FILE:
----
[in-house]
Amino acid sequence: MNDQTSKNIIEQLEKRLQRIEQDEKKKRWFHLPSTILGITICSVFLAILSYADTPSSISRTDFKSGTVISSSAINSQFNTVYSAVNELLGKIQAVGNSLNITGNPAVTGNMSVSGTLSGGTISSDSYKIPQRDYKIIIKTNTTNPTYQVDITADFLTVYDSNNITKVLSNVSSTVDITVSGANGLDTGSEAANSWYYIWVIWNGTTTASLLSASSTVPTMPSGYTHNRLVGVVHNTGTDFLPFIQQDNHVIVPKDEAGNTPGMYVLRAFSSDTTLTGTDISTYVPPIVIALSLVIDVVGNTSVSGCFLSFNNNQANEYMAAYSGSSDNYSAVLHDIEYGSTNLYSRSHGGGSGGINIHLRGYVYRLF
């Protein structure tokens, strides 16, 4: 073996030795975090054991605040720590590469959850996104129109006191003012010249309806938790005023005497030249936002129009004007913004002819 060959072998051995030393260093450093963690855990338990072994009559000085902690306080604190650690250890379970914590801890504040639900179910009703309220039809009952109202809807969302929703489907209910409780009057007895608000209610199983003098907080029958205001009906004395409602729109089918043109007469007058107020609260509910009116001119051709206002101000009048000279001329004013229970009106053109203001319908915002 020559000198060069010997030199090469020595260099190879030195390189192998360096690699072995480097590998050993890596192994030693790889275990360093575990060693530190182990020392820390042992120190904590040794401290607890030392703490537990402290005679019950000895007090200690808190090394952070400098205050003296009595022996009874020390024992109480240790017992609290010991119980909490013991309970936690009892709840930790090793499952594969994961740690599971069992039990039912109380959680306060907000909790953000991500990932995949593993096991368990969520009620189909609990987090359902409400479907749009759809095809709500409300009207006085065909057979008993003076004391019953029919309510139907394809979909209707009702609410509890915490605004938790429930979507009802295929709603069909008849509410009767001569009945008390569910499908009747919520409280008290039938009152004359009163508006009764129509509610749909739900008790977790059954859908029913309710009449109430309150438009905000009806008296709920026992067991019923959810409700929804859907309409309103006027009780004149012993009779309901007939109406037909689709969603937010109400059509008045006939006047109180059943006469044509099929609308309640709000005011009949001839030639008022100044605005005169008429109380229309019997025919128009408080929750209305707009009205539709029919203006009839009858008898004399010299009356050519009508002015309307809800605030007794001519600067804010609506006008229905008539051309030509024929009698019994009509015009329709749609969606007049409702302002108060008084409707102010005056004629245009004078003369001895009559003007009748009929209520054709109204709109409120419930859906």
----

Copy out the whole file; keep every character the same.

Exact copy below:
[in-house]
Amino acid sequence: MNDQTSKNIIEQLEKRLQRIEQDEKKKRWFHLPSTILGITICSVFLAILSYADTPSSISRTDFKSGTVISSSAINSQFNTVYSAVNELLGKIQAVGNSLNITGNPAVTGNMSVSGTLSGGTISSDSYKIPQRDYKIIIKTNTTNPTYQVDITADFLTVYDSNNITKVLSNVSSTVDITVSGANGLDTGSEAANSWYYIWVIWNGTTTASLLSASSTVPTMPSGYTHNRLVGVVHNTGTDFLPFIQQDNHVIVPKDEAGNTPGMYVLRAFSSDTTLTGTDISTYVPPIVIALSLVIDVVGNTSVSGCFLSFNNNQANEYMAAYSGSSDNYSAVLHDIEYGSTNLYSRSHGGGSGGINIHLRGYVYRLF
């Protein structure tokens, strides 16, 4: 073996030795975090054991605040720590590469959850996104129109006191003012010249309806938790005023005497030249936002129009004007913004002819 060959072998051995030393260093450093963690855990338990072994009559000085902690306080604190650690250890379970914590801890504040639900179910009703309220039809009952109202809807969302929703489907209910409780009057007895608000209610199983003098907080029958205001009906004395409602729109089918043109007469007058107020609260509910009116001119051709206002101000009048000279001329004013229970009106053109203001319908915002 020559000198060069010997030199090469020595260099190879030195390189192998360096690699072995480097590998050993890596192994030693790889275990360093575990060693530190182990020392820390042992120190904590040794401290607890030392703490537990402290005679019950000895007090200690808190090394952070400098205050003296009595022996009874020390024992109480240790017992609290010991119980909490013991309970936690009892709840930790090793499952594969994961740690599971069992039990039912109380959680306060907000909790953000991500990932995949593993096991368990969520009620189909609990987090359902409400479907749009759809095809709500409300009207006085065909057979008993003076004391019953029919309510139907394809979909209707009702609410509890915490605004938790429930979507009802295929709603069909008849509410009767001569009945008390569910499908009747919520409280008290039938009152004359009163508006009764129509509610749909739900008790977790059954859908029913309710009449109430309150438009905000009806008296709920026992067991019923959810409700929804859907309409309103006027009780004149012993009779309901007939109406037909689709969603937010109400059509008045006939006047109180059943006469044509099929609308309640709000005011009949001839030639008022100044605005005169008429109380229309019997025919128009408080929750209305707009009205539709029919203006009839009858008898004399010299009356050519009508002015309307809800605030007794001519600067804010609506006008229905008539051309030509024929009698019994009509015009329709749609969606007049409702302002108060008084409707102010005056004629245009004078003369001895009559003007009748009929209520054709109204709109409120419930859906």